Oct 7, 2008

Transcript of Tim Webster’s 2UE program

Transcript of Tim Webster’s 2UE program

The Hon Anthony Albanese MP

Member for Grayndler

Minister for Infrastructure, Transport,

Regional Development and Local Government

Leader of the House

ISSUES: Sydney’s proposed North West metro; NSW Government’s infrastructure submission; Infrastructure Australia’s assessment and selection guidelines; Building Australia Fund

October 7 2008

TIM WEBSTER: Well, the process for selecting big infrastructure projects to be funded by this $21 billion Building Australia Fund will take the politics out of the equation, according to the Infrastructure Minister, Anthony Albanese, and he’s on the line now. Hello, Minister.

ANTHONY ALBANESE: Good afternoon, Tim.

TIM WEBSTER: Mate, I’m telling you, if the North West Metro isn’t on the top of the list for New South Wales, I’ll be screaming politics from the rooftops.

ANTHONY ALBANESE: Well, that’s that. You’re entitled to scream whatever you like. What we’ve set up is an independent process, whereby projects will be assessed according to how they contribute to Australia’s productive capacity, how it builds Australia’s global competitive advantages, how it develops our cities, what is its impact on climate change, and all of those assessments will be made by Infrastructure Australia, and they’ll be made according to the criteria that’s been put out publicly in a transparent process.

TIM WEBSTER: All right, I spoke to Infrastructure Partnerships, what’s their role in all of this?


TIM WEBSTER: Just recommendations?

ANTHONY ALBANESE: No, Infrastructure Partnerships are a non-Government organisation, a lobby group, like many others. What we’ve established is a body at arm’s length from the Government, made up of 12 people, Commonwealth, State and local representatives, but also private sector representatives, chaired by Sir Rod Eddington, making sure that for the first time we have a transparent and open process, that will provide best value to the taxpayer, and that’s exactly what they’re all set about doing.

TIM WEBSTER: And that’s as it should be. But are you denying, well I suppose I should talk to the Prime Minister, this conversation between Morris Iemma and Kevin Rudd never took place, that because there’s no marginal Labor seats in the North West, they won’t get the Metro?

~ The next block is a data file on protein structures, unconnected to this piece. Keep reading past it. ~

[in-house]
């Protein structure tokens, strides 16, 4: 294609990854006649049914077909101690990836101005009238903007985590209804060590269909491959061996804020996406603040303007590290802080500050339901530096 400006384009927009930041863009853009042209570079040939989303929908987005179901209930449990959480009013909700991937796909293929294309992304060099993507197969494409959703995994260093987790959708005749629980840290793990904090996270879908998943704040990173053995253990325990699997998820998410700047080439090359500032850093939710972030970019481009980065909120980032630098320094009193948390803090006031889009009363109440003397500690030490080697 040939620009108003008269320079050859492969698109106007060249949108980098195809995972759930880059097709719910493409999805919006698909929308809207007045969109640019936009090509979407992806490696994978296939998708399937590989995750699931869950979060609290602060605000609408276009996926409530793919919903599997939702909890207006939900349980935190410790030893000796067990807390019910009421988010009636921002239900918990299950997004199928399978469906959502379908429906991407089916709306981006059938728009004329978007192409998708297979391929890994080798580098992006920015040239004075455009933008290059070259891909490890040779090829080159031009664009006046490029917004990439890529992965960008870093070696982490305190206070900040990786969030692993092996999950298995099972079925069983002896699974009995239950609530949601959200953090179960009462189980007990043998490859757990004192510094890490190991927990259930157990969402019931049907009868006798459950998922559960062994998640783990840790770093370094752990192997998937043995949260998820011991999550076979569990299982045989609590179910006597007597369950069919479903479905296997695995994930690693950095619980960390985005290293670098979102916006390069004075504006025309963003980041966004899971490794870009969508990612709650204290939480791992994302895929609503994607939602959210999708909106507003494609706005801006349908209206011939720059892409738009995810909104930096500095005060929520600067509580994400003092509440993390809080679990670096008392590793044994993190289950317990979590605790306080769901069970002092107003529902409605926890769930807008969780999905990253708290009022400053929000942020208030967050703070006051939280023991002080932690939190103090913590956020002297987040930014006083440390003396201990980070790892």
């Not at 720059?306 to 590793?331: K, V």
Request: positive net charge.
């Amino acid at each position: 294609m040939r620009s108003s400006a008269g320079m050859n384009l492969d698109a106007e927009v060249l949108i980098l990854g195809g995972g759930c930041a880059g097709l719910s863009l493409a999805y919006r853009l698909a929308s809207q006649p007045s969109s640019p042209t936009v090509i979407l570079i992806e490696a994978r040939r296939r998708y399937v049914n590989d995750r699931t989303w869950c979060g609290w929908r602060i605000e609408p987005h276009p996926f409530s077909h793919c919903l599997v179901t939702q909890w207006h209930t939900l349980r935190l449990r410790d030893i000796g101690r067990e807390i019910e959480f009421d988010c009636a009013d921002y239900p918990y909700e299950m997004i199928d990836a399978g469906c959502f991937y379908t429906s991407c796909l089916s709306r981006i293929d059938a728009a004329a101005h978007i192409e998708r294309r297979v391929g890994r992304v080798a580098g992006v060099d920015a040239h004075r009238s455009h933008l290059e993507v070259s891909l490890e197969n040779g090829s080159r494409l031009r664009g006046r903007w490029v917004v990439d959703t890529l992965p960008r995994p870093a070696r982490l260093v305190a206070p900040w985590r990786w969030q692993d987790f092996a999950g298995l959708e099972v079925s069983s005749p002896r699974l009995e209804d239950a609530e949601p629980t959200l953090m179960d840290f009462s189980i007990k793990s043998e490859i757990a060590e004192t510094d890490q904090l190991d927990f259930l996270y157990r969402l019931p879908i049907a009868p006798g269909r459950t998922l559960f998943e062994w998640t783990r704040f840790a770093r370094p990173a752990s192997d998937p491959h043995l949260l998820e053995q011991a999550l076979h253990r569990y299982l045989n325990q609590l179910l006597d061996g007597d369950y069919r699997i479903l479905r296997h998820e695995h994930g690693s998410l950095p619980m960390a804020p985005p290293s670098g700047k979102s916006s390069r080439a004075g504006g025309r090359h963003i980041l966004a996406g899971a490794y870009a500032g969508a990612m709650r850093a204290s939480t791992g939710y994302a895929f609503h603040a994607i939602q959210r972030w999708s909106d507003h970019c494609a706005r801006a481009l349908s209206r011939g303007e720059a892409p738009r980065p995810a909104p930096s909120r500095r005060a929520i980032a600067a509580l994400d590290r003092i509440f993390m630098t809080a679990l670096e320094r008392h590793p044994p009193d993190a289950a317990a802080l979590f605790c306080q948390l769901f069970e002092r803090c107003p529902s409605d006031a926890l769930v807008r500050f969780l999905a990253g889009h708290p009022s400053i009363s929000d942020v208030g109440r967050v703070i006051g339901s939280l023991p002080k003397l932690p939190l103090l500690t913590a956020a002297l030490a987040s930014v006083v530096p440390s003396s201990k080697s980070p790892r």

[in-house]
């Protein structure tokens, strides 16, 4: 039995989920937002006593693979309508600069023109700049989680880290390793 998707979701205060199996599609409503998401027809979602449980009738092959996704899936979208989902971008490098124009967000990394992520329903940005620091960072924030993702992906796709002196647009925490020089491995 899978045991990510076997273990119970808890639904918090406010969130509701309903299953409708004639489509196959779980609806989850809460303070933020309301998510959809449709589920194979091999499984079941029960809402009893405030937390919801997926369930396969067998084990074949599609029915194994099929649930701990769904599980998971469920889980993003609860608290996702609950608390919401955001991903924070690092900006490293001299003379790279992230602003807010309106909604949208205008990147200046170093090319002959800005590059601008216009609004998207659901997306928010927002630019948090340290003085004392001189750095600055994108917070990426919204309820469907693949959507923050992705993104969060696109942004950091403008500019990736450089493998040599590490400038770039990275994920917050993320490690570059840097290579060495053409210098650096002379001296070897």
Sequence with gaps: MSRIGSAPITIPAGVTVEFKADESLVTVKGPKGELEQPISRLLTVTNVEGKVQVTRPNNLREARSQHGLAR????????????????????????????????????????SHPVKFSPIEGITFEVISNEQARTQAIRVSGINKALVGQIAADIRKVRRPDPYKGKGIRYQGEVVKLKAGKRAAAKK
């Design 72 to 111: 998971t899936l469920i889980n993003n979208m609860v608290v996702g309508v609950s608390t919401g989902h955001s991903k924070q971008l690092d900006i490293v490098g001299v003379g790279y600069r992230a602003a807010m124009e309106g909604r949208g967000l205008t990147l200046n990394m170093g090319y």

ANTHONY ALBANESE: Look that is such nonsense. It doesn’t even understand the process, and The Herald were told that, and they know that that’s the case. You know, there is a sequel, Bennelong, by the way, but that’s by the by.

The fact is that this is a process of the New South Wales Government, making submissions, along with other Governments and private sector organisations to Infrastructure Australia to make recommendations to the Government. So that’s the process that’s there.

The New South Wales Government have said, and stated in the article, that they didn’t put North West Metro on there because it was viewed that it would be fully funded by the New South Wales Government. On the assessments that have been put forward, every single infrastructure project that State and Territory Governments are doing, or that the private sector is doing, isn’t being submitted to Infrastructure Australia.

The New South Wales Government stated that. If you look at the end of today’s Herald article, that’s made clear. That’s why they made their decision to not submit that to Infrastructure Australia.

TIM WEBSTER: But what do you think the people of Sydney are going to think, if when Nathan Rees comes up with his mini budget in November, the North West Metro doesn’t go ahead?

ANTHONY ALBANESE: Well, I’m not here representing the New South Wales Government. The New South Wales Government have to consider their budgetary circumstances. Of course those circumstances have been changed because of the decision by the Opposition, led by Barry O’Farrell, to block the privatisation of electricity in New South Wales, which was intended to go into infrastructure.

TIM WEBSTER: Yes, all right, but as a Sydneysider, knowing Sydney as well as anybody else, how could a fast train from the city to Parramatta, or an extension to the M4 East, be more important than providing trains at all, to the North West?

ANTHONY ALBANESE: Look, what’s important is that Infrastructure Australia make those assessments. What we’re trying to do here is to get away from the circumstances whereby I or other politicians simply make decisions without any proper advice and independent cost benefit analysis…

TIM WEBSTER: No, that’s fine, that’s fine.

ANTHONY ALBANESE: …of particular projects, so that is what we’re doing. I’m not pre-empting the process of any project around the nation that’s being considered by Infrastructure Australia.